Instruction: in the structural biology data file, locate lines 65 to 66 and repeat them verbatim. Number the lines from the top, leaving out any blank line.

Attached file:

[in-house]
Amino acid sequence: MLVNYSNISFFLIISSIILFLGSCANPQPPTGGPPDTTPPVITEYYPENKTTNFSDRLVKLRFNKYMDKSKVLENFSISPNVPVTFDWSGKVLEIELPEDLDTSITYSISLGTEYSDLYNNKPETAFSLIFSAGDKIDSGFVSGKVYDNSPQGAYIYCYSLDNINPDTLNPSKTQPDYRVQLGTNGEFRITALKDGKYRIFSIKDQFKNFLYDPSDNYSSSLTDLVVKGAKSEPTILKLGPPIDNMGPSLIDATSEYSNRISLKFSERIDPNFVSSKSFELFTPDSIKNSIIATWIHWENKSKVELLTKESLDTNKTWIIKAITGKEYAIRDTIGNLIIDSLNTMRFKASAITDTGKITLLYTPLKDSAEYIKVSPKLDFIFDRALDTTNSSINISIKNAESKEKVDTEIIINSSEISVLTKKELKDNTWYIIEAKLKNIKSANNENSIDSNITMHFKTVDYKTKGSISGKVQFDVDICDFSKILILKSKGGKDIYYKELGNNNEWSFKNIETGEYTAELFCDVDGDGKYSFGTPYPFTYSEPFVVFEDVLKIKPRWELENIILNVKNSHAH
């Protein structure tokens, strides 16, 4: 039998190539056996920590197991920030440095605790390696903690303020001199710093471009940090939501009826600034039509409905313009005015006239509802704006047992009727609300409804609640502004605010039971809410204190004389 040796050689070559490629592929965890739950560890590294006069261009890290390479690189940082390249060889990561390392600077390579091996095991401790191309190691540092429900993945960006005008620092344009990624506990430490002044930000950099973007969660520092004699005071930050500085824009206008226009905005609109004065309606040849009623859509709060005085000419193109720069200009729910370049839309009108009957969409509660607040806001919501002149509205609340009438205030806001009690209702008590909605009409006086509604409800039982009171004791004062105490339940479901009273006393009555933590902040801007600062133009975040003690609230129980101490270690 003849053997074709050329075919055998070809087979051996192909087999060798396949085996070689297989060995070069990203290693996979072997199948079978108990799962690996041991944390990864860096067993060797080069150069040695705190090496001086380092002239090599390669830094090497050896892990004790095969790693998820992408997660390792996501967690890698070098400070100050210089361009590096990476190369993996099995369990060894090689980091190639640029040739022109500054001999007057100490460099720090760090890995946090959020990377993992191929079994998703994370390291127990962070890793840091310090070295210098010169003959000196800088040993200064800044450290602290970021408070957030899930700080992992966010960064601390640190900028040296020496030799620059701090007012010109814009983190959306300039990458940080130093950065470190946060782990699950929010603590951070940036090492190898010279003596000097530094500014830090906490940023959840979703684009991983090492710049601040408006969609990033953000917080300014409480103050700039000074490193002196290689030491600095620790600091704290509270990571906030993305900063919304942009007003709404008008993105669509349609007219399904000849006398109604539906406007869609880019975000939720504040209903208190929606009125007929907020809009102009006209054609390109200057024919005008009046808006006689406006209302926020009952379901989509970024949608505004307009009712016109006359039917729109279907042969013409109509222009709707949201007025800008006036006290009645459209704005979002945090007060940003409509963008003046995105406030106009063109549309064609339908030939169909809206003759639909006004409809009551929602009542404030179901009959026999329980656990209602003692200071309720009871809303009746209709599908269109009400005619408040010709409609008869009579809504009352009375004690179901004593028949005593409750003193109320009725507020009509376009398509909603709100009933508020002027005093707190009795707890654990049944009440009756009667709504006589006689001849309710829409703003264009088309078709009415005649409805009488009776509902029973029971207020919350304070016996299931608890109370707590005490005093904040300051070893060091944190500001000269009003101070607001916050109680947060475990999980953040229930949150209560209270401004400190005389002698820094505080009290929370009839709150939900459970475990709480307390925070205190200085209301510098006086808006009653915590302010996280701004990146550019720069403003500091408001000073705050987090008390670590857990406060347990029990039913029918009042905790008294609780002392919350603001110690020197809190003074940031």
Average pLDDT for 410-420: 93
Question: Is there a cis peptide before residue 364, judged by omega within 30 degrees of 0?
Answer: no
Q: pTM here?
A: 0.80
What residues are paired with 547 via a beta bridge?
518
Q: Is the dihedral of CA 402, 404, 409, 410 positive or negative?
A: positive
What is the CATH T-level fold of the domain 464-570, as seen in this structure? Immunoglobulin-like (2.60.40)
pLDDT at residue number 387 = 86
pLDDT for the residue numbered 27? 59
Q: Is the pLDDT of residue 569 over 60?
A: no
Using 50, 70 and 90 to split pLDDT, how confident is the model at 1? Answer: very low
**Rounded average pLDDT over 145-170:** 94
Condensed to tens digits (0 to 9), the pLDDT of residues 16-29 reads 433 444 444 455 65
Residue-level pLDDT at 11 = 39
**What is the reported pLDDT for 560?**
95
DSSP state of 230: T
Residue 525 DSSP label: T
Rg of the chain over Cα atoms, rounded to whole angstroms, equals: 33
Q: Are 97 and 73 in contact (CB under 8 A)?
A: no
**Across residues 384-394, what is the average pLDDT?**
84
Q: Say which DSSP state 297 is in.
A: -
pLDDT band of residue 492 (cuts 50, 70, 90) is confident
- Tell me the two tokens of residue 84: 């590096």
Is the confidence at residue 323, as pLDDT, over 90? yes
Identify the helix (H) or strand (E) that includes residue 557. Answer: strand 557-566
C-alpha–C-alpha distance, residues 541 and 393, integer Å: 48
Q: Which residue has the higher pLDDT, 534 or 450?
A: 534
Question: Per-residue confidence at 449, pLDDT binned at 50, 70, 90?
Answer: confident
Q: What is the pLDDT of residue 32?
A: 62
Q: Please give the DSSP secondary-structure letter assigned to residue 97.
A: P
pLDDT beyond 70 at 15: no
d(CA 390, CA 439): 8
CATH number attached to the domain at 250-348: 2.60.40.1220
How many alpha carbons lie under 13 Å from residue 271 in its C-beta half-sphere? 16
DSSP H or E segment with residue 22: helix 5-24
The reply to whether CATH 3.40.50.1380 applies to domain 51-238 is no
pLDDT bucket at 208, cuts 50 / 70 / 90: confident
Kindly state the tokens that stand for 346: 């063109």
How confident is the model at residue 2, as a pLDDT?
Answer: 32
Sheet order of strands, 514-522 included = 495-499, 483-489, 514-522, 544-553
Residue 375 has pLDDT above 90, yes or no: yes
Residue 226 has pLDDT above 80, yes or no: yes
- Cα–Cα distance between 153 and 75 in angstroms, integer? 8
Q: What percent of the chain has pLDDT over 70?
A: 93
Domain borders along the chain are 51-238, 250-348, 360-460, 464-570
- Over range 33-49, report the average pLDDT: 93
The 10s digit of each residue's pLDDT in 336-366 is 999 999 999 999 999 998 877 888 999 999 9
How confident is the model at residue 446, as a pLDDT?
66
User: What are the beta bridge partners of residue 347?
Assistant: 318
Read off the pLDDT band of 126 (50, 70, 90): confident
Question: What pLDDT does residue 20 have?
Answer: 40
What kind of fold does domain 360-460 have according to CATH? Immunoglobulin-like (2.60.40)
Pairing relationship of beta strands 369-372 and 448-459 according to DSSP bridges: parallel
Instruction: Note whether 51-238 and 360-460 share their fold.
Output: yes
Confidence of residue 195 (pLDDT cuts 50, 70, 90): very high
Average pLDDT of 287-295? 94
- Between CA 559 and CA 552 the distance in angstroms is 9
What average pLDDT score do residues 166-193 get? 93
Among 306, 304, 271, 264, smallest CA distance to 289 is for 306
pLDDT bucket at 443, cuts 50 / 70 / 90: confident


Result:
How confident is the model at residue 446, as a pLDDT?
66